Competing bills filed on truck weights

The chairman of the Senate Surface Transportation committee has filed a bill to block alternative legislation that allows a heavier weight for trucks on highways. 

Sen. Frank Lautenberg's (D-N.J.) legislation, dubbed the Safe Highways and Infrastructure Preservation Act of 2011, would continue a ban on trucks weighing more than 80,000 pounds or being longer than 53 feet. It also would expand the current ban from the interstate highway system to the national highway system. 

But last month another measure, backed by Democrats and Republicans, was filed to allow states to permit trucks on their roads up to 97,000 pounds if they have six axles instead of five. 

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Each side said their measure makes roads safer.

"Keeping super sized tractor-trailers off our roads will save lives and protect our highways and bridges from heavy damage,” Lautenberg said in a statement Tuesday.  “We know how important trucks are to our economy, but trucks share the roads with our families and we must take every step possible to avoid senseless tragedies.  This legislation takes a balanced, common-sense approach to maintaining our highways, keeping our economy moving forward, and making sure our roads are safe for everyone traveling on them.”

“SETA is a narrowly drawn bill that enables companies to move a given amount of product in fewer vehicles without adding more weight per tire or increasing stopping distances,” Coalition for Transportation Productivity Executive Director John Runyan said of the alternative legislation, named the Safe and Efficient Transportation Act.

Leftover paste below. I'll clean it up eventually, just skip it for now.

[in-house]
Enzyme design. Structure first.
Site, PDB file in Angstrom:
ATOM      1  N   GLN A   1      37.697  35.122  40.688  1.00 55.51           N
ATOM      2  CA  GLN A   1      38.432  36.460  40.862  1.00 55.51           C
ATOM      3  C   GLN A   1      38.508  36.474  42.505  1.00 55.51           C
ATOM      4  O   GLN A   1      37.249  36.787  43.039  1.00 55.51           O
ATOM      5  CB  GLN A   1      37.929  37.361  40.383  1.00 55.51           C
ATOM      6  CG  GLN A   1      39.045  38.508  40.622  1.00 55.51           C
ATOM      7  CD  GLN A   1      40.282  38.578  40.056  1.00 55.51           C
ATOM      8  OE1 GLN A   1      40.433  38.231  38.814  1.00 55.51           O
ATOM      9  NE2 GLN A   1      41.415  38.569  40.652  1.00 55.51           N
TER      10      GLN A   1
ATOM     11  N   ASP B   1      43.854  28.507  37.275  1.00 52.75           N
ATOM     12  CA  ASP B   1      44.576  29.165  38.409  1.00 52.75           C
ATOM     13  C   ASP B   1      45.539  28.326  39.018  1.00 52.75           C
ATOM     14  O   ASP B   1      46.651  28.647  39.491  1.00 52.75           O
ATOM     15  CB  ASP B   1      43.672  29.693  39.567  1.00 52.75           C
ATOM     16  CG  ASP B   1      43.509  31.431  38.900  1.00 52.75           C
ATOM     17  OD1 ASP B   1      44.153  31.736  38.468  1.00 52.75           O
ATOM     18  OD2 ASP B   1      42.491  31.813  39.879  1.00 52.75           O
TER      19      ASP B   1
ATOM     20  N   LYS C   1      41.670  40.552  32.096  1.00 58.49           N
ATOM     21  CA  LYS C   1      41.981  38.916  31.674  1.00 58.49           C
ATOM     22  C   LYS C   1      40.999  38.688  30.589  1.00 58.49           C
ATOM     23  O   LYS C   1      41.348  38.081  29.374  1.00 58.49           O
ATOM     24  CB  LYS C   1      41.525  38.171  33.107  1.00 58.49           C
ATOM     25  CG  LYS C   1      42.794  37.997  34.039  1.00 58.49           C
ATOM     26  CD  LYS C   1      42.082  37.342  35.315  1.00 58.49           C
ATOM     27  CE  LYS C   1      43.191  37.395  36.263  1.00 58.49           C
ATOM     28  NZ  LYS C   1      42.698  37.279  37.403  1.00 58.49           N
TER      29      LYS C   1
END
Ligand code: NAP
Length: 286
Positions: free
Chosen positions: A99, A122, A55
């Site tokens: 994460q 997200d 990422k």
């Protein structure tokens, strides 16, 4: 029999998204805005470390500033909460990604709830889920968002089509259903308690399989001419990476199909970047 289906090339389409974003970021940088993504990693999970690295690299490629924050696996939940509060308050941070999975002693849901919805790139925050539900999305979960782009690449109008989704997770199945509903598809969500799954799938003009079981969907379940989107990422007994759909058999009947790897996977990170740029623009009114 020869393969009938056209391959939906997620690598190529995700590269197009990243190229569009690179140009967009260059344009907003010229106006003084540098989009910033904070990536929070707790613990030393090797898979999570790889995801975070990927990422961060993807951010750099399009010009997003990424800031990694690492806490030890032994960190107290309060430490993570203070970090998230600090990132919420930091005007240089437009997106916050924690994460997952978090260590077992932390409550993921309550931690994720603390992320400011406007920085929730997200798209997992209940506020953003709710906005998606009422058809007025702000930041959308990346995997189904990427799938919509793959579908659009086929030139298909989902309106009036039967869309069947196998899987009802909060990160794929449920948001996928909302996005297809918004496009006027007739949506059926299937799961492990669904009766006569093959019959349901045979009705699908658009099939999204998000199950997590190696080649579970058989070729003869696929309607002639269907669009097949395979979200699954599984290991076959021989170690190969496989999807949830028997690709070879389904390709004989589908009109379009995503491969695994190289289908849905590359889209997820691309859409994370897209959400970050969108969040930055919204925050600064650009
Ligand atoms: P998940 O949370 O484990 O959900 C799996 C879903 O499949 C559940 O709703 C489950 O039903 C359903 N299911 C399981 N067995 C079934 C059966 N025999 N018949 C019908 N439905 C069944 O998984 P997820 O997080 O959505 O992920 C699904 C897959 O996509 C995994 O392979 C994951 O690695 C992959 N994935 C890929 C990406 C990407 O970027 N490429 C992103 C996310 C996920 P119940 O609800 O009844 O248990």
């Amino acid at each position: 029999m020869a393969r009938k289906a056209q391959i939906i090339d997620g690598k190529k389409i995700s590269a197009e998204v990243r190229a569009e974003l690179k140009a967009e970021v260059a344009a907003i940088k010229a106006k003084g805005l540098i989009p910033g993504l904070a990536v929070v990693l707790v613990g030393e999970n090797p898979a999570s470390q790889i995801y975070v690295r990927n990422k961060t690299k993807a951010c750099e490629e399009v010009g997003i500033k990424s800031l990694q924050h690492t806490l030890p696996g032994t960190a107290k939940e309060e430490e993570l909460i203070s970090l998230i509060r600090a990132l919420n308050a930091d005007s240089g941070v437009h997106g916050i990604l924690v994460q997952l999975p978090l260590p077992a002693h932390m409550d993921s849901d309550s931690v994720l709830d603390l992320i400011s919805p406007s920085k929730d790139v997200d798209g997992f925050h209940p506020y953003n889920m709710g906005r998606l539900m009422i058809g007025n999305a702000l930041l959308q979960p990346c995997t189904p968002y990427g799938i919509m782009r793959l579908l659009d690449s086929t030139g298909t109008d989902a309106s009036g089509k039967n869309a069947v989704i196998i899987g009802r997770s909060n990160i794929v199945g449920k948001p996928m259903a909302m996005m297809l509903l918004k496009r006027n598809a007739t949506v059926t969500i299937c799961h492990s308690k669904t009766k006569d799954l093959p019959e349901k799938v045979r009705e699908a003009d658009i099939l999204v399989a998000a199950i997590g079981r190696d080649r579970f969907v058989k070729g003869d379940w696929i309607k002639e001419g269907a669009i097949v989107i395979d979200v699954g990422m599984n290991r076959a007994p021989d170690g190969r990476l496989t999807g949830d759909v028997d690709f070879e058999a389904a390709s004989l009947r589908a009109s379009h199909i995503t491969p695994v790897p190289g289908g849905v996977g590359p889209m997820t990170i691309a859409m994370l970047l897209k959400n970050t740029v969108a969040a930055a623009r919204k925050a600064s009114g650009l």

“SETA is supported by a body of data collected from academic, state, federal and international experts who have evaluated or experienced this proposal and support the logic of the six-axle, 97,000 pound configuration as the new workhorse standard for the American truck fleet," Runyan continued. "Even though higher productivity, six-axle trucks are undeniably safe and more efficient, SETA still puts the decision into the hands of state officials, who are best equipped to determine if the configuration makes sense in their states."

Lautenberg's bill is sponsored in the House by Rep. Jim McGovern (D-Mass.). The bill to allow heavier trucks is co-sponsored by Sens. Mike Crapo (R-Idaho), Herb Kohl (D-Wis.), Susan Collins (R-Maine) and Rob Portman (R-Ohio).